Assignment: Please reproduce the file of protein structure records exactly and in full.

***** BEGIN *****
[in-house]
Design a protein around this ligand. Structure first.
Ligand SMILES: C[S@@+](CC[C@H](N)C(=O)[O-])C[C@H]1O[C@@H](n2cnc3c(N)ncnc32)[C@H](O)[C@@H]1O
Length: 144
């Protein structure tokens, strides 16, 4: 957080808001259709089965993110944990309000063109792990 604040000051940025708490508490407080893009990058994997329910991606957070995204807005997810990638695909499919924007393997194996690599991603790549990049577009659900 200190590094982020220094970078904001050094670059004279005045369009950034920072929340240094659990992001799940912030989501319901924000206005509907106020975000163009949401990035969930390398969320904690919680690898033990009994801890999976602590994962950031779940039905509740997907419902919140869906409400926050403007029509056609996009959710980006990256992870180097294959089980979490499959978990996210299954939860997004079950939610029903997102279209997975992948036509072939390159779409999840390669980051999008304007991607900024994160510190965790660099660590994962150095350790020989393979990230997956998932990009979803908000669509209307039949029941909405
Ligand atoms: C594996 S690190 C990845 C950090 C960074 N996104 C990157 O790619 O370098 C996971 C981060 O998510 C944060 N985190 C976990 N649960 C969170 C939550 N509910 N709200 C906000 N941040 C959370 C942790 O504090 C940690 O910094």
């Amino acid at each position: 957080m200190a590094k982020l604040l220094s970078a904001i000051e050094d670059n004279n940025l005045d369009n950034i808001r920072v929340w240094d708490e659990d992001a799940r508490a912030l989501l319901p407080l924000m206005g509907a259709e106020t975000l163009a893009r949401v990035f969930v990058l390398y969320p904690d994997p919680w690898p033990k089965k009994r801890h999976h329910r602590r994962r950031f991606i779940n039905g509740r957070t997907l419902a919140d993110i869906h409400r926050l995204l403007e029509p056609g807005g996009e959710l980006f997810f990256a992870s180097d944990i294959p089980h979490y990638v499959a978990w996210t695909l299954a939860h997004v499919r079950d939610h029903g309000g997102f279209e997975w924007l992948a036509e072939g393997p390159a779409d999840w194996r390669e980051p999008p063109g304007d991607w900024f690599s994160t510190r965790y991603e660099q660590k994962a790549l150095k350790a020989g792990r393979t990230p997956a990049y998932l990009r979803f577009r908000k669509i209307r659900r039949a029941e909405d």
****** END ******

[in-house]
Design a protein around this ligand. Structure first.
Ligand SMILES: C[S@@+](CC[C@H](N)C(=O)[O-])C[C@H]1O[C@@H](n2cnc3c(N)ncnc32)[C@H](O)[C@@H]1O
Length: 144
């Protein structure tokens, strides 16, 4: 957080808001259709089965993110944990309000063109792990 604040000051940025708490508490407080893009990058994997329910991606957070995204807005997810990638695909499919924007393997194996690599991603790549990049577009659900 200190590094982020220094970078904001050094670059004279005045369009950034920072929340240094659990992001799940912030989501319901924000206005509907106020975000163009949401990035969930390398969320904690919680690898033990009994801890999976602590994962950031779940039905509740997907419902919140869906409400926050403007029509056609996009959710980006990256992870180097294959089980979490499959978990996210299954939860997004079950939610029903997102279209997975992948036509072939390159779409999840390669980051999008304007991607900024994160510190965790660099660590994962150095350790020989393979990230997956998932990009979803908000669509209307039949029941909405
Ligand atoms: C594996 S690190 C990845 C950090 C960074 N996104 C990157 O790619 O370098 C996971 C981060 O998510 C944060 N985190 C976990 N649960 C969170 C939550 N509910 N709200 C906000 N941040 C959370 C942790 O504090 C940690 O910094």
């Amino acid at each position: 957080m200190a590094k982020l604040l220094s970078a904001i000051e050094d670059n004279n940025l005045d369009n950034i808001r920072v929340w240094d708490e659990d992001a799940r508490a912030l989501l319901p407080l924000m206005g509907a259709e106020t975000l163009a893009r949401v990035f969930v990058l390398y969320p904690d994997p919680w690898p033990k089965k009994r801890h999976h329910r602590r994962r950031f991606i779940n039905g509740r957070t997907l419902a919140d993110i869906h409400r926050l995204l403007e029509p056609g807005g996009e959710l980006f997810f990256a992870s180097d944990i294959p089980h979490y990638v499959a978990w996210t695909l299954a939860h997004v499919r079950d939610h029903g309000g997102f279209e997975w924007l992948a036509e072939g393997p390159a779409d999840w194996r390669e980051p999008p063109g304007d991607w900024f690599s994160t510190r965790y991603e660099q660590k994962a790549l150095k350790a020989g792990r393979t990230p997956a990049y998932l990009r979803f577009r908000k669509i209307r659900r039949a029941e909405d």